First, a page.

The estimated waste of this duplicate filing system extends into the millions of dollars, based upon the expenses for data processing listed in MESSA's "Schedule of Operating Expense."50 One estimate places the waste of duplicate administration at around $27 million.51 But if this procedure is clearly wasteful, why wouldn't MESSA take corrective action? Consider what would happen to the MEA if MESSA's operations were streamlined.

Remember that both MESSA and the MEA contract with MEDNA for data processing services. In actuality, MESSA is paying MEDNA to operate the computer network which is at the core of claims processing. If MESSA operations were relinquished to Blue Cross, there would be little need for MEDNA to maintain its vast data processing resources. Since the MEA depends on MEDNA for access to MESSA's computing resources, the MEA would suffer a blow if MEDNA were pushed out of business.

If MESSA were removed as a co-administrator of its health insurance program, the immediate savings could exceed $20 million in administrative expenses, and millions more in controlling fees paid for physician and ancillary services. In 1992, MESSA had a composite premium obligation of $327 million to its underwriters. If $300 million of that total was owed to Blue Cross, and if Blue Cross had standard administrative expenses of 7.5 percent excluding charges for insurance reserves, the total Blue Cross administrative charge to MESSA in 1992 was $22.5 million. The $27.6 million in operating expenses listed in MESSA's financial statements does not include expenses incurred by Blue Cross. If .$20 million of this amount was to co-administer Blue Cross insurance, then the total administrative expense for MESSA health insurance was $42.5 million, or 12.75 percent of premiums. For a third party administrator, this expense is typically around 4 or 5 percent, and rarely will it ever exceed 7 percent. If even reduced to the 7 percent level, the annual savings for 1992 would have been $21.5 million.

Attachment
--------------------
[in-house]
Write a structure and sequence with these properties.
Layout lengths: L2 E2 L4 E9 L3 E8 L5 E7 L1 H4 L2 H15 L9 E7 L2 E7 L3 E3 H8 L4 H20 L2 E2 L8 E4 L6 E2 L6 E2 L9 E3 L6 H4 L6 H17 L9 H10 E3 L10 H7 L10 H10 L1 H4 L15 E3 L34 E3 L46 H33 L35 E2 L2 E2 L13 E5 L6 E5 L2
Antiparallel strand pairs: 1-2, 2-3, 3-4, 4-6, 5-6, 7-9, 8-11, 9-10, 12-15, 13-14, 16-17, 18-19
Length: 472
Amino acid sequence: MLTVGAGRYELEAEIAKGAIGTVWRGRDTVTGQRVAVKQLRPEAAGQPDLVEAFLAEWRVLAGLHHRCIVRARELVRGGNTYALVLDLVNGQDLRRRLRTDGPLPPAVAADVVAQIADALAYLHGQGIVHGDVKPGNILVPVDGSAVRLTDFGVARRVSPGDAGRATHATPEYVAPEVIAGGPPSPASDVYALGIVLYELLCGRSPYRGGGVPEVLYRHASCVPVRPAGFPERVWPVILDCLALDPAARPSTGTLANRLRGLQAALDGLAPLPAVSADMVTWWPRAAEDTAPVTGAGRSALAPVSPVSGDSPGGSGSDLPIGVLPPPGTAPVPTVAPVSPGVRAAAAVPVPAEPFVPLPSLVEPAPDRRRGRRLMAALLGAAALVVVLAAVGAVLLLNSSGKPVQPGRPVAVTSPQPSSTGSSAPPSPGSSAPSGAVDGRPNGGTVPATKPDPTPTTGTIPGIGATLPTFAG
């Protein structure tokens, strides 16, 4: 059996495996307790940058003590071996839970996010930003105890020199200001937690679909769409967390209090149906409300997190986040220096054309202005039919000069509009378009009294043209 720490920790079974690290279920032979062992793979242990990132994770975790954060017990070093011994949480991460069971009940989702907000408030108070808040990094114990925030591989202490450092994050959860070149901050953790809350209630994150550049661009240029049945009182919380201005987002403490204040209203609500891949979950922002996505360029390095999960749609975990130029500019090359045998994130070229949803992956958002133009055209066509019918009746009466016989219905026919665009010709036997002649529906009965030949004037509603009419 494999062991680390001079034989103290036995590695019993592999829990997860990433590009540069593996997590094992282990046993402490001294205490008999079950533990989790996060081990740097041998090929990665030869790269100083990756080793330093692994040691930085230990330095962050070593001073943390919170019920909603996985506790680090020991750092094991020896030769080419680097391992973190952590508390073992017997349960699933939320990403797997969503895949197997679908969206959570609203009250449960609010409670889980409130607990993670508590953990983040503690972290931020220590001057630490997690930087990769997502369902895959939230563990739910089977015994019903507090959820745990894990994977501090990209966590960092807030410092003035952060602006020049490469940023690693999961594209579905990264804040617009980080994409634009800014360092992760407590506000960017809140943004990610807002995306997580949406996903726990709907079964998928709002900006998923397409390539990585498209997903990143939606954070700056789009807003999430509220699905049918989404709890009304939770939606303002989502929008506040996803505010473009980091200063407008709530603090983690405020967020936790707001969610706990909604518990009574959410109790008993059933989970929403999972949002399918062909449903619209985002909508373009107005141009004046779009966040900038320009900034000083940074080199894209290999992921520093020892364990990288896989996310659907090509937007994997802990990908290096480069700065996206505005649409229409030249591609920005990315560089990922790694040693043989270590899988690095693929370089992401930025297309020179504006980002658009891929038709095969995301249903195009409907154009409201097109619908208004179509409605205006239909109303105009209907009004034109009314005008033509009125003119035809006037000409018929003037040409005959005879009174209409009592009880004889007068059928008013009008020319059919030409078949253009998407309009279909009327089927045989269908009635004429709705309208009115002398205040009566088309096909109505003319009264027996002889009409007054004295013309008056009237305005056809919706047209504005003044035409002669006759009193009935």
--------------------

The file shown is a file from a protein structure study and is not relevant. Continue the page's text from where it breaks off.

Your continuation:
Another factor that contributes to the cost of MESSA's health programs is its offer to pay for services rendered by providers who do not participate in Blue Cross. Although access to non-participating providers is an added benefit to the members, MESSA could reduce costs simply by limiting the options given to members for receiving medical services, as many managed care programs do. While members can reduce costs by patronizing only participating Blue Cross providers, there is neither a requirement nor an incentive for them to do so.

As previously noted, whenever a MESSA member receives care from a participating Blue Cross provider, Blue Cross minimizes costs for MESSA by compensating the provider based upon a discounted fee schedule. However, in cases where a MESSA member is treated by a provider that refuses to accept Blue Cross's payment, MESSA receives the bill from the member, processes the claim, and reimburses the member. (MESSA deducts any amount paid to its members from the total amount that it owes to Blue Cross, so Blue Cross is still at risk, since MESSA does not pay for any claims which exceed its premium obligation to Blue Cross.)